Claimant, however, has not shown that her instruction through NLRO meets both state and Federal standards for full-time attendance. Claimant did not provide information showing that NLRO considers her to be a full-time student based on NLRO’s standards and practices. See 20 C.F.R. § 404.367(b); POMS RS 00205.300B; POMS RS 00205.350C.1. The Social Security Administration (SSA) uses Form SSA-1372 to verify attendance. See POMS RS 00205.350B. The student completes and signs page two, and then a school official must complete and sign page three, the Certification by School Official portion of the form. See id. Here, M~, who describes himself as the CEO of Southern Dreams and is listed as a member of the administrative staff on Southern Dreams’ website, completed and signed the Certification by School Official page of Form SSA-1372. See Southern Dreams, About, http://southerndreams14.wixsite.com/wewbsite/about (last visited Sept. 6, 2017). M~ is not listed as a school official on NLRO’s website. See NLRO, Message from the President, http://nlro.org/ (last visited Sept. 8, 2017); NLRO, NLRO Staff, http://nlro.org/ (last visited Sept. 8, 2017). In addition, M~ completed and signed the Notice of Cessation of Full-Time Attendance page of Form SSA-1372 in which he indicated that Claimant had ceased to be a full-time student as of February 9, 2017, when Claimant moved to the “digital school.” Because an official from NLRO did not complete the Certification by School Official page of Form SSA-1372 or otherwise provide acceptable evidence about Claimant’s attendance at or instruction through NLRO, SSA cannot verify if NLRO considers Claimant full-time under NLRO’s standards and practices.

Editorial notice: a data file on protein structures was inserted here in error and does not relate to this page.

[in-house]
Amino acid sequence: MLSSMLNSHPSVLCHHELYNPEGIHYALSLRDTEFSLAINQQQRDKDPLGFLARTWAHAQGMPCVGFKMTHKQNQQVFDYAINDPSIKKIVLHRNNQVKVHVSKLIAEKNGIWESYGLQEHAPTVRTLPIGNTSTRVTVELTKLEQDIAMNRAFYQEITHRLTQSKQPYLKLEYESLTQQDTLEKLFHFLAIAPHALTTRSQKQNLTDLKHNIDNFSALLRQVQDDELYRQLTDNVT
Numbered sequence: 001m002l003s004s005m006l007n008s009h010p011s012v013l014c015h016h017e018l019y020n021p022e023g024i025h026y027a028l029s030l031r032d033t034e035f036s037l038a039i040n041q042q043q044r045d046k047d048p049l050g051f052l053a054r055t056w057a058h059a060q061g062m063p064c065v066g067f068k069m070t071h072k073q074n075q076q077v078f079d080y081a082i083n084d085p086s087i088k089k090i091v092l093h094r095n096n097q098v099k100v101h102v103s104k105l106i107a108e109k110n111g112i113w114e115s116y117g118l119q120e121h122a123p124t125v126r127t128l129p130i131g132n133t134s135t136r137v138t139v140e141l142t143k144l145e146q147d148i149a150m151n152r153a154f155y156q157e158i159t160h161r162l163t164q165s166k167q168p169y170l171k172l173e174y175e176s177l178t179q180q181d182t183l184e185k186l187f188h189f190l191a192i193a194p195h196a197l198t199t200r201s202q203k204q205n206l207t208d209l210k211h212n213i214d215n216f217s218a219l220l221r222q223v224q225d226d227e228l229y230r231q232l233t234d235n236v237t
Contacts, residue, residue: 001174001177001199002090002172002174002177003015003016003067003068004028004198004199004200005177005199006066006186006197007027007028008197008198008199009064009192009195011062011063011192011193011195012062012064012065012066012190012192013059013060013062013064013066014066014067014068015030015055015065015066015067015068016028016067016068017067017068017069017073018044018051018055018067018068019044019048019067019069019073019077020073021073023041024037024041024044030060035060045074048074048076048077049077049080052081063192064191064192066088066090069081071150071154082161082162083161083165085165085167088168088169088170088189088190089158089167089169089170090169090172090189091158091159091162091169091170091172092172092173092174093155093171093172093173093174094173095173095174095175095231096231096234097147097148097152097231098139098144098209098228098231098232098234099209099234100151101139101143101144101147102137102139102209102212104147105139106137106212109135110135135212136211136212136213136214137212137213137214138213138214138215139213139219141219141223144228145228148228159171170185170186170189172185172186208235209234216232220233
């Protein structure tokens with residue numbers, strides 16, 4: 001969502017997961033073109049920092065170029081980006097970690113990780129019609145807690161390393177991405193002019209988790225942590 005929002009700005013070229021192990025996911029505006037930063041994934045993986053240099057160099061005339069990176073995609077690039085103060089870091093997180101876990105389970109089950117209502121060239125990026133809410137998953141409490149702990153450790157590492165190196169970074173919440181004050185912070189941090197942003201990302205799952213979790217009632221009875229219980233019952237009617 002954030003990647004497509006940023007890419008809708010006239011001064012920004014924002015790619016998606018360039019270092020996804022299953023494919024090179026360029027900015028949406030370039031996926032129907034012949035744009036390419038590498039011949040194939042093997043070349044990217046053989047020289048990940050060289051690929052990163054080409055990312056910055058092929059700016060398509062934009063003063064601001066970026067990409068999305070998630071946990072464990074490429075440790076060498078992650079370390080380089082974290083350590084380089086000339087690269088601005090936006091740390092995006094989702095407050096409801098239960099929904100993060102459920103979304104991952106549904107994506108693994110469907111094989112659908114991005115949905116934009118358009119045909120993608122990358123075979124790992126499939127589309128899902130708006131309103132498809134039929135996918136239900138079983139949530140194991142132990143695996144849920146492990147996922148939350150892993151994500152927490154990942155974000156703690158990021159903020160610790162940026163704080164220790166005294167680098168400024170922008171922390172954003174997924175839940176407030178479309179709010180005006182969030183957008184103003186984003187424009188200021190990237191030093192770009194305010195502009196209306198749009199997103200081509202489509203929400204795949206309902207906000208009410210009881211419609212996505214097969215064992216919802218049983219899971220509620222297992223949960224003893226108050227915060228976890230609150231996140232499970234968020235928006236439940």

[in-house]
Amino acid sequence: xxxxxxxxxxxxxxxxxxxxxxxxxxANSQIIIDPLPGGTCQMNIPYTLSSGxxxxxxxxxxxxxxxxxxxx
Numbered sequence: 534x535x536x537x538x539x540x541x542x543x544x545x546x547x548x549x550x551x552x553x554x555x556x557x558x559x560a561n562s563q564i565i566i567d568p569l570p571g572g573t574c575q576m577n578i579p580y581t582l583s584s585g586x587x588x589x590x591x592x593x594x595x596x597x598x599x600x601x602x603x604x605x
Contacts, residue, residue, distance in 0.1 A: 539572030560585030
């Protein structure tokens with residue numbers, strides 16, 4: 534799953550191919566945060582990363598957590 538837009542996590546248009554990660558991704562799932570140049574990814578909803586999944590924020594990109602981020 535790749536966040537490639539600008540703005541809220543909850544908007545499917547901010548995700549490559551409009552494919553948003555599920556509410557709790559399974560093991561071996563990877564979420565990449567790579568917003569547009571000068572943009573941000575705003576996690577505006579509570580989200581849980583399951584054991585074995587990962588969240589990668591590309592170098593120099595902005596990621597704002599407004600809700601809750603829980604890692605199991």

The information available also does not indicate that Claimant meets the Federal standards for full-time attendance. Claimant reported that she was scheduled to attend NLRO for twenty hours per week. As noted above, however, no NLRO school official certified Claimant’s report. See 20 C.F.R. § 404.367(c); POMS RS 00205.300C. In addition, no NLRO official certified that NLRO’s course of study is at least thirteen weeks in duration. See 20 C.F.R. § 404.367(b); POMS RS 00205.300C.

Moreover, even if a NLRO official verified that Claimant was scheduled to attend NLRO for twenty hours per week and that NLRO’s course of study is at least thirteen weeks in duration, Claimant would not meet the Federal standards for full-time attendance because the information available does not indicate that Claimant is enrolled in noncorrespondence courses. See 20 C.F.R. § 404.367(b); POMS RS 00205.300C. “Generally, a student is not in full-time attendance (FTA) based on correspondence school courses even if the correspondence school meets the definition of an [educational institution].” POMS RS 00205.330B. SSA also emphasized in 1996 that correspondence courses were insufficient to satisfy the full-time attendance requirements of the Act and regulations. See When You Are a Full-Time Elementary or Secondary School Student, 61 Fed. Reg. 38,361, 38,361-62 (July 24, 1996). To accommodate students who participate in alterative education methods, SSA revised 20 C.F.R. § 404.367 to include students enrolled in home schooling or independent study programs authorized by state (or other jurisdiction) laws. See id. at 38,362. However, SSA made clear that it would “continue to exclude from eligibility those individuals who are enrolled solely in correspondence courses. We do not believe that such courses satisfy the definition of an elementary or secondary school in the Act . . . .” Id.